Loneliness

What Is the Opposite of Loneliness?

Sometimes the opposite of loneliness has nothing to do with social interaction

Posted Feb 27, 2021 | Reviewed by Kaja Perina

On the eve of her graduation from Yale in 2012, Marina Keegan wrote an essay that, within about a week, would be read by well over a million people from 98 nations. It was called "The Opposite of Loneliness."

But what is the opposite of loneliness? Keegan opened her essay by noting that we don't have a word for it, but whatever it is, she found it at Yale:

"It is not quite love and it's not quite community; it's just this feeling that there are people, an abundance of people, who are in this together. Who are on your team. When the check is paid and you stay at the table. When it's four A.M. and no one goes to bed…

"Yale is full of tiny circles we pull around ourselves. A cappella groups, sports teams, houses, societies, clubs. These tiny groups that make us feel loved and safe and part of something even on our loneliest nights…"

That essay opens a collection of Keegan's writings published under the same title, "The Opposite of Loneliness." (Here is my review of it.) The question it poses, what is the opposite of loneliness, still resonates. I think people who are single at heart might answer that question in a way that would seem counterintuitive to others.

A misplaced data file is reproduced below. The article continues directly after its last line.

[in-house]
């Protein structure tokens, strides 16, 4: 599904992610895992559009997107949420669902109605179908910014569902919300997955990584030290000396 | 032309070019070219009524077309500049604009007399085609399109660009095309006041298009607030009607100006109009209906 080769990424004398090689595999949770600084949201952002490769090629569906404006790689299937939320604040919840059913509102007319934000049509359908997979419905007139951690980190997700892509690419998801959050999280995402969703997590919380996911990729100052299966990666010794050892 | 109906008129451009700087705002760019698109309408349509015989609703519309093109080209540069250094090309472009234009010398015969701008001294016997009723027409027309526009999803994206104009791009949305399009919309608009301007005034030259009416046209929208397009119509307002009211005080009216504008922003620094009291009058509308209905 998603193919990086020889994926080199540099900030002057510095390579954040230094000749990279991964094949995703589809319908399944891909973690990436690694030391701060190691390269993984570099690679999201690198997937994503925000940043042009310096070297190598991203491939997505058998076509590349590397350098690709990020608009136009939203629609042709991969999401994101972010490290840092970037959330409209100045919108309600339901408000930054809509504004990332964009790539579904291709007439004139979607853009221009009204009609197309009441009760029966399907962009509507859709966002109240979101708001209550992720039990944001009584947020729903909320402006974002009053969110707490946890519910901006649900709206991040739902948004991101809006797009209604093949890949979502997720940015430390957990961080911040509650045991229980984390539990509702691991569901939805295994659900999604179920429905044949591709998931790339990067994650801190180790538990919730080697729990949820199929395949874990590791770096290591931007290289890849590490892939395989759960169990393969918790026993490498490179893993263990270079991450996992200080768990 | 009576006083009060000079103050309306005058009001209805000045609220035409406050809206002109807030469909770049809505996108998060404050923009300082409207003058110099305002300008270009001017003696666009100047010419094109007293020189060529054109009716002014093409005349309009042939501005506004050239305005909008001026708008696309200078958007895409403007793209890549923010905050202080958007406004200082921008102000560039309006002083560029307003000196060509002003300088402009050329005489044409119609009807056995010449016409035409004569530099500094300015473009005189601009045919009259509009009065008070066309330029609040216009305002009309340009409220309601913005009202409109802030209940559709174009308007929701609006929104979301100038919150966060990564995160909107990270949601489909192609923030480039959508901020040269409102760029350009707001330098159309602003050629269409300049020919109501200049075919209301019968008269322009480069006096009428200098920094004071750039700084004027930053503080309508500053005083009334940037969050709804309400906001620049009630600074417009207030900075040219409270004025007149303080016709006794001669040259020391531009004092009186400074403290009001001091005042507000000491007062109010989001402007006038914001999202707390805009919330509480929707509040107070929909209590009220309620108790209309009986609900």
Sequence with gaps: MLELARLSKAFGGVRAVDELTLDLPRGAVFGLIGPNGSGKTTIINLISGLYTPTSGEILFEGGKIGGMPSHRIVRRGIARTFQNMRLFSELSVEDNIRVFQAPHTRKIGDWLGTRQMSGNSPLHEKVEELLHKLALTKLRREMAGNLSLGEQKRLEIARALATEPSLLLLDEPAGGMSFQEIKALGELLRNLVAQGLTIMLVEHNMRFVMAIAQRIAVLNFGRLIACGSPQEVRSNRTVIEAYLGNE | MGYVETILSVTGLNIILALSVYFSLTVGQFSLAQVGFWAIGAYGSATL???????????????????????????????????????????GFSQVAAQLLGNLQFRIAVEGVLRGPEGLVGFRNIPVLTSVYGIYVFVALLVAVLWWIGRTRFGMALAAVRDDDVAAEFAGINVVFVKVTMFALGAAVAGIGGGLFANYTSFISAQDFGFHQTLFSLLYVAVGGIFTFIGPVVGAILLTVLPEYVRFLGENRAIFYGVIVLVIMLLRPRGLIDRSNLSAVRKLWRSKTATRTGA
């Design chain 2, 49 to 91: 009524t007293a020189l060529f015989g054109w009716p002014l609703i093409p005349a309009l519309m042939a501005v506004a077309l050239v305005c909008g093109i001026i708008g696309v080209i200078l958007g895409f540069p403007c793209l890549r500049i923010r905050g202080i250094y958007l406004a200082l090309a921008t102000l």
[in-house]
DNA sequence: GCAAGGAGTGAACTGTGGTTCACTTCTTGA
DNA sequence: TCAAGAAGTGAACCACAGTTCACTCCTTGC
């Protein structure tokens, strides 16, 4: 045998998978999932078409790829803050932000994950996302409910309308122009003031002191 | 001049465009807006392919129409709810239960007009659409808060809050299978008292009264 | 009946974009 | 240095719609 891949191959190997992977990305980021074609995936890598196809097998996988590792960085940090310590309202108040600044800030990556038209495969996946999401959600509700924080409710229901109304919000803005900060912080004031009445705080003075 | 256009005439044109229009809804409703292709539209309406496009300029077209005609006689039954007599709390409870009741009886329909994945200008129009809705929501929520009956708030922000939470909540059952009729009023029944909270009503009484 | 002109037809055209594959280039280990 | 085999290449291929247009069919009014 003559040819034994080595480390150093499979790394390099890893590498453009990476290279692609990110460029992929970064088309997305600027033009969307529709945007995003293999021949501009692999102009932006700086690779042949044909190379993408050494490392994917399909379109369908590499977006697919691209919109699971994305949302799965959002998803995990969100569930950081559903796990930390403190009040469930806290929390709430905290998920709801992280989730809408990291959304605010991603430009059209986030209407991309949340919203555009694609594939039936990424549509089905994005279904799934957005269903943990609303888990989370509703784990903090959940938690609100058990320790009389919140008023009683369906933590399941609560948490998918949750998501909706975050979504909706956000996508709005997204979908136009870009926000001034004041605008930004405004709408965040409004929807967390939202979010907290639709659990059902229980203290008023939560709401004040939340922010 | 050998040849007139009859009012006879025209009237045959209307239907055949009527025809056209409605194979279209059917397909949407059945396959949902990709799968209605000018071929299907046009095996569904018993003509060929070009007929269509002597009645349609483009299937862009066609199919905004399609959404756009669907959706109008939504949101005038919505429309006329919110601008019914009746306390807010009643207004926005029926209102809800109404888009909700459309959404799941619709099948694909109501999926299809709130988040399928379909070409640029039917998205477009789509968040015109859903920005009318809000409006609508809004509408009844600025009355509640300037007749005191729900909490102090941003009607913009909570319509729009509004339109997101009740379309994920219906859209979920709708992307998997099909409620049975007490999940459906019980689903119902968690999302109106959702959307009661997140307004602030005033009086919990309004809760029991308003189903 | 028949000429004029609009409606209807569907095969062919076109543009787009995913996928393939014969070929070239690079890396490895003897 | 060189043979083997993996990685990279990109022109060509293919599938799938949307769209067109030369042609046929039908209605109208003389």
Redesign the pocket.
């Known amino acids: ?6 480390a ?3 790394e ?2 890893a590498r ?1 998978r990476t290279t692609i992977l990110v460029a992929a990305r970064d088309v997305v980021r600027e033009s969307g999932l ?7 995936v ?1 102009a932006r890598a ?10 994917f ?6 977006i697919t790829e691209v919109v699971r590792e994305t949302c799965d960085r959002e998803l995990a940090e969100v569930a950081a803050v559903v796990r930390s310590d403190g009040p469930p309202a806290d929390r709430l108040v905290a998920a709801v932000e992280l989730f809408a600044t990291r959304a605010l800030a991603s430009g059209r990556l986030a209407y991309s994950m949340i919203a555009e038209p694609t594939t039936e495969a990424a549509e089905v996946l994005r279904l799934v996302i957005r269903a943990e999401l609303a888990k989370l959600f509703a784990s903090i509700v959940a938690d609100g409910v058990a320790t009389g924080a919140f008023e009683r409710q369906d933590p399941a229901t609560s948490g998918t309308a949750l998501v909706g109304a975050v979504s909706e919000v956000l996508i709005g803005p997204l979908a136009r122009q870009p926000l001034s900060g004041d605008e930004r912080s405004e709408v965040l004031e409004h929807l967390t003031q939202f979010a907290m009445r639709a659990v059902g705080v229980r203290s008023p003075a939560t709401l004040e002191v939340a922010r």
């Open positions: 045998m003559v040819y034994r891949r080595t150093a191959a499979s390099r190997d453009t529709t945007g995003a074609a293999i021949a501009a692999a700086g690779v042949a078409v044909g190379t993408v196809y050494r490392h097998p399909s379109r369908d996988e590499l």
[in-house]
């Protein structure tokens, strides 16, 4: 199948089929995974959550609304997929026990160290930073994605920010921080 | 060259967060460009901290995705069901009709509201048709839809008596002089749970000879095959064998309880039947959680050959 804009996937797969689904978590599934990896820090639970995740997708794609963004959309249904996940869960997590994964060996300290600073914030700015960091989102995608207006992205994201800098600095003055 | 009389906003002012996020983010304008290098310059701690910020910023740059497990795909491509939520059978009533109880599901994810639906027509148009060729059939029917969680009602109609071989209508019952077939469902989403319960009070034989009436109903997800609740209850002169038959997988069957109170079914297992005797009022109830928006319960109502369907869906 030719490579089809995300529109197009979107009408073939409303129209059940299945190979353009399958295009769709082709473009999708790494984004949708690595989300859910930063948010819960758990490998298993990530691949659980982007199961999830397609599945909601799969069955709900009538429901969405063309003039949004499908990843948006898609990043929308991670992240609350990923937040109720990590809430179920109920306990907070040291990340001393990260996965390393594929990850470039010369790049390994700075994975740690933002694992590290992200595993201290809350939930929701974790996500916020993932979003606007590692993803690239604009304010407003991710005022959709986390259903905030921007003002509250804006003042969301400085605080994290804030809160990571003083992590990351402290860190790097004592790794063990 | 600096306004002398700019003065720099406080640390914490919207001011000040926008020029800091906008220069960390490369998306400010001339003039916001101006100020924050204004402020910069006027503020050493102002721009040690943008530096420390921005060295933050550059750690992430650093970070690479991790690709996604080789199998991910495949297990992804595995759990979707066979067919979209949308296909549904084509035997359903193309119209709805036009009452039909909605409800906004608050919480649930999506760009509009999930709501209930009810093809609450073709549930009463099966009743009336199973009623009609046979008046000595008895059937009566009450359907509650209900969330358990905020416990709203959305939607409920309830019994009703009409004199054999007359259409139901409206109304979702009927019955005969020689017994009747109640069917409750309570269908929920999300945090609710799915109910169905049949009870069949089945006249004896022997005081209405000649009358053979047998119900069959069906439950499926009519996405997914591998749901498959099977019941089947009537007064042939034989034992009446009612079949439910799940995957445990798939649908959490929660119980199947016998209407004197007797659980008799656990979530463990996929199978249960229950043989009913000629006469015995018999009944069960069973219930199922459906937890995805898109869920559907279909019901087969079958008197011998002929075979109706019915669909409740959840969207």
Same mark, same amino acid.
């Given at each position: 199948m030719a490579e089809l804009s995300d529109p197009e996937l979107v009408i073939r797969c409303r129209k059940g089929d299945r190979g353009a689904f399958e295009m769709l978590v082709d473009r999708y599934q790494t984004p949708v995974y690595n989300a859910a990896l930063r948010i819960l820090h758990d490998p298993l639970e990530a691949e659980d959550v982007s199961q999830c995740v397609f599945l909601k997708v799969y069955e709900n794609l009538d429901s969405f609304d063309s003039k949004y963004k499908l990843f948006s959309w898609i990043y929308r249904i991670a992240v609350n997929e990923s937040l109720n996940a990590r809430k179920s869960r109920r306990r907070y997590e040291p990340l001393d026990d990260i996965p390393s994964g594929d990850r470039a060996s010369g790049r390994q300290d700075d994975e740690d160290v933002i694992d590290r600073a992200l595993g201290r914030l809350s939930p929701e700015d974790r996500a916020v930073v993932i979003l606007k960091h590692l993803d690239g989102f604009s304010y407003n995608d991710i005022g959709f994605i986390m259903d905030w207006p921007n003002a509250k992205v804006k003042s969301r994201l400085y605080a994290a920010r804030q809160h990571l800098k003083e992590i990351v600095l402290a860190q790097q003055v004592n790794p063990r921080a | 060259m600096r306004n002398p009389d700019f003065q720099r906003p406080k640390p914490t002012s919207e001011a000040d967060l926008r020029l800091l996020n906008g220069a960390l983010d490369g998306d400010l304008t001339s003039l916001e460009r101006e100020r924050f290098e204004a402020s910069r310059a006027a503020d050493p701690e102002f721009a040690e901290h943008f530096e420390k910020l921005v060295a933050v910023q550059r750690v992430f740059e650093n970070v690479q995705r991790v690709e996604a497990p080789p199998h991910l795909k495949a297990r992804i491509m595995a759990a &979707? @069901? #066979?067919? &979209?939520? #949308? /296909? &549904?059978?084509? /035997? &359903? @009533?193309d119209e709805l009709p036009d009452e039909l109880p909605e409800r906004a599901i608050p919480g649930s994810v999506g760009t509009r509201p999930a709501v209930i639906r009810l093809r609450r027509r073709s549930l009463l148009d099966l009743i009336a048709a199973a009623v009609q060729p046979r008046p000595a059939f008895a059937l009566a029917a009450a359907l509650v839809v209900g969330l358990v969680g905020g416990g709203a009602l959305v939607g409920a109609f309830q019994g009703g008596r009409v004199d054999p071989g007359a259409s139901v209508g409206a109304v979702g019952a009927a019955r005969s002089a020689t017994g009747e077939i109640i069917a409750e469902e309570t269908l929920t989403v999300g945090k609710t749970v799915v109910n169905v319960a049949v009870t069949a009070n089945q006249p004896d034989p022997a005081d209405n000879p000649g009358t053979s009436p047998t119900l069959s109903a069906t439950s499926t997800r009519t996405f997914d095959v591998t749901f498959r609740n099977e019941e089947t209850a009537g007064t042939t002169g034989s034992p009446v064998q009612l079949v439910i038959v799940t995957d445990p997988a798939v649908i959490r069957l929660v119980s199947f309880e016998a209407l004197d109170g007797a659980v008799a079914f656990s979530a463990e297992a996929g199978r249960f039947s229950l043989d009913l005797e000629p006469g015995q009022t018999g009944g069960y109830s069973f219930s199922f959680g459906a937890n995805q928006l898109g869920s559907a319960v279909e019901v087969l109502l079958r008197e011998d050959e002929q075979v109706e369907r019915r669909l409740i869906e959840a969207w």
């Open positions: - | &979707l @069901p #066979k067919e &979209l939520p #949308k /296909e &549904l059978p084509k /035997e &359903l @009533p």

The single at heart are people who live their best, most meaningful, and most authentic lives as single people. I'm one of them. I rarely feel lonely, and when I do, it is usually when I'm with other people. One time, when I was living in Charlottesville, Virginia, I was walking the downtown mall with a friend I always loved talking to – she's smart, wryly funny, and great at getting to matters of depth. We happened upon a big table of colleagues who were laughing and talking. She wanted to join them. I sat for a while, but their conversation was so superficial and so inane, it made me feel lonely. I made an excuse and left.

Another time, two couples wanted to treat me for my birthday. I looked forward to it. But they spent the night talking about babies and daycare. The whole night. (I have no kids.) That, rather spending my birthday home alone, is the definition of loneliness.

I like the examples Keegan gives of the opposite of loneliness. But I'd add to them the experiences of being all by yourself and feeling so engaged in whatever you are doing that you don't even notice how much time has passed or that you're actually pretty tired. (I think that is an example of what Mihaly Csikszentmihalyi calls "flow.") The opposite of loneliness is realizing the answer to what you were puzzling over when you weren't trying to figure it out – during a long walk, for instance, or in the shower or just as you are falling asleep or waking up. The opposite of loneliness is feeling grateful for all of the people in your life you cherish, even (especially?) when you don't see them all the time.

The opposite of loneliness is JOMO – the Joy of Missing Out. For me, that's when I'm delighted not to feel obligated to participate in social events that don't interest me. I stay home and revel in my solitude or pursue the social engagements that really do engage me.

Alone is not lonely. Alone is a neutral description of a state that can be experienced any number of ways. Loneliness is, by definition, painful. The opposite of loneliness is contentment or joy. It is living your most meaningful life, the life you want to live rather than the life you think you should be living. For me, the opposite of loneliness is living single.

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